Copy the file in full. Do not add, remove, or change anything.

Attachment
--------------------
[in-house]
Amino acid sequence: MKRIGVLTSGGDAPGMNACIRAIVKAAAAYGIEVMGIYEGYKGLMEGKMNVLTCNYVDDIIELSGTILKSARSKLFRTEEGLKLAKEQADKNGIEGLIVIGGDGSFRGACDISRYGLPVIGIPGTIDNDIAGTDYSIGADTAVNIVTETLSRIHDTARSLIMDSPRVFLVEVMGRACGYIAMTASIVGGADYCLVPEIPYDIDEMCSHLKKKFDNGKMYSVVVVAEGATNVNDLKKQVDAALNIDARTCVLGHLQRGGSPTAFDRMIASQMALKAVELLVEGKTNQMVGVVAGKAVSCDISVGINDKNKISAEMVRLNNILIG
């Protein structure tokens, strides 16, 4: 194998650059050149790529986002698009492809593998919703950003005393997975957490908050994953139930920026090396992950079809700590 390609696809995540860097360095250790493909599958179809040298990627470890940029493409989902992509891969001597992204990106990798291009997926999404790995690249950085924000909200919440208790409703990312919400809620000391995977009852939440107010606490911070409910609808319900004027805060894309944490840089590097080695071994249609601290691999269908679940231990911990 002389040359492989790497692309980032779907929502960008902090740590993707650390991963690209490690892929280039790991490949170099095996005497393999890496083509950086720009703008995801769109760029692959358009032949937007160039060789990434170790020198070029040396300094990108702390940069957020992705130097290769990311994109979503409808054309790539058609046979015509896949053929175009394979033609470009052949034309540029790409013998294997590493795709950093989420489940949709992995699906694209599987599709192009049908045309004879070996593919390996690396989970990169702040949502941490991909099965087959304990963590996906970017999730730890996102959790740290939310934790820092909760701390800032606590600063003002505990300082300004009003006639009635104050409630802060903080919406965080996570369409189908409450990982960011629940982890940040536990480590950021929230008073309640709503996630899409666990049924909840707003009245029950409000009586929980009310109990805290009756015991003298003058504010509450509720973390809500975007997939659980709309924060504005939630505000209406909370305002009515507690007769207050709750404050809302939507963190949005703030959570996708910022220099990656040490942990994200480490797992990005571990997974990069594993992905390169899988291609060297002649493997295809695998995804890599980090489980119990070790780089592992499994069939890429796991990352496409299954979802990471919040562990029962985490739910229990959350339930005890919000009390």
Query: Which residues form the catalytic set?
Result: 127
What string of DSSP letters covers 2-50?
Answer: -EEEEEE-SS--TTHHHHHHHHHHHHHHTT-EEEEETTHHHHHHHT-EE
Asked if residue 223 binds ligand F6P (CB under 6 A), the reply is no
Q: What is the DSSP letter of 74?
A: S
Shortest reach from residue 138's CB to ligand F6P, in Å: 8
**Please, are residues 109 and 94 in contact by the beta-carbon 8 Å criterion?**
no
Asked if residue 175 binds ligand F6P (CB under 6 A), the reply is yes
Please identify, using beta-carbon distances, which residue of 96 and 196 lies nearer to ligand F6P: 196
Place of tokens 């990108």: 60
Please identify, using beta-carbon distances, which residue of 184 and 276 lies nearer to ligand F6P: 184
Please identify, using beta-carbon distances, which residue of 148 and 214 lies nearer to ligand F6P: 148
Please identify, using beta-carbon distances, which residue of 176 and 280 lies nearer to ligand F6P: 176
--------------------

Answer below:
[in-house]
Amino acid sequence: MKRIGVLTSGGDAPGMNACIRAIVKAAAAYGIEVMGIYEGYKGLMEGKMNVLTCNYVDDIIELSGTILKSARSKLFRTEEGLKLAKEQADKNGIEGLIVIGGDGSFRGACDISRYGLPVIGIPGTIDNDIAGTDYSIGADTAVNIVTETLSRIHDTARSLIMDSPRVFLVEVMGRACGYIAMTASIVGGADYCLVPEIPYDIDEMCSHLKKKFDNGKMYSVVVVAEGATNVNDLKKQVDAALNIDARTCVLGHLQRGGSPTAFDRMIASQMALKAVELLVEGKTNQMVGVVAGKAVSCDISVGINDKNKISAEMVRLNNILIG
């Protein structure tokens, strides 16, 4: 194998650059050149790529986002698009492809593998919703950003005393997975957490908050994953139930920026090396992950079809700590 390609696809995540860097360095250790493909599958179809040298990627470890940029493409989902992509891969001597992204990106990798291009997926999404790995690249950085924000909200919440208790409703990312919400809620000391995977009852939440107010606490911070409910609808319900004027805060894309944490840089590097080695071994249609601290691999269908679940231990911990 002389040359492989790497692309980032779907929502960008902090740590993707650390991963690209490690892929280039790991490949170099095996005497393999890496083509950086720009703008995801769109760029692959358009032949937007160039060789990434170790020198070029040396300094990108702390940069957020992705130097290769990311994109979503409808054309790539058609046979015509896949053929175009394979033609470009052949034309540029790409013998294997590493795709950093989420489940949709992995699906694209599987599709192009049908045309004879070996593919390996690396989970990169702040949502941490991909099965087959304990963590996906970017999730730890996102959790740290939310934790820092909760701390800032606590600063003002505990300082300004009003006639009635104050409630802060903080919406965080996570369409189908409450990982960011629940982890940040536990480590950021929230008073309640709503996630899409666990049924909840707003009245029950409000009586929980009310109990805290009756015991003298003058504010509450509720973390809500975007997939659980709309924060504005939630505000209406909370305002009515507690007769207050709750404050809302939507963190949005703030959570996708910022220099990656040490942990994200480490797992990005571990997974990069594993992905390169899988291609060297002649493997295809695998995804890599980090489980119990070790780089592992499994069939890429796991990352496409299954979802990471919040562990029962985490739910229990959350339930005890919000009390």
Query: Which residues form the catalytic set?
Result: 127
What string of DSSP letters covers 2-50?
Answer: -EEEEEE-SS--TTHHHHHHHHHHHHHHTT-EEEEETTHHHHHHHT-EE
Asked if residue 223 binds ligand F6P (CB under 6 A), the reply is no
Q: What is the DSSP letter of 74?
A: S
Shortest reach from residue 138's CB to ligand F6P, in Å: 8
**Please, are residues 109 and 94 in contact by the beta-carbon 8 Å criterion?**
no
Asked if residue 175 binds ligand F6P (CB under 6 A), the reply is yes
Please identify, using beta-carbon distances, which residue of 96 and 196 lies nearer to ligand F6P: 196
Place of tokens 């990108």: 60
Please identify, using beta-carbon distances, which residue of 184 and 276 lies nearer to ligand F6P: 184
Please identify, using beta-carbon distances, which residue of 148 and 214 lies nearer to ligand F6P: 148
Please identify, using beta-carbon distances, which residue of 176 and 280 lies nearer to ligand F6P: 176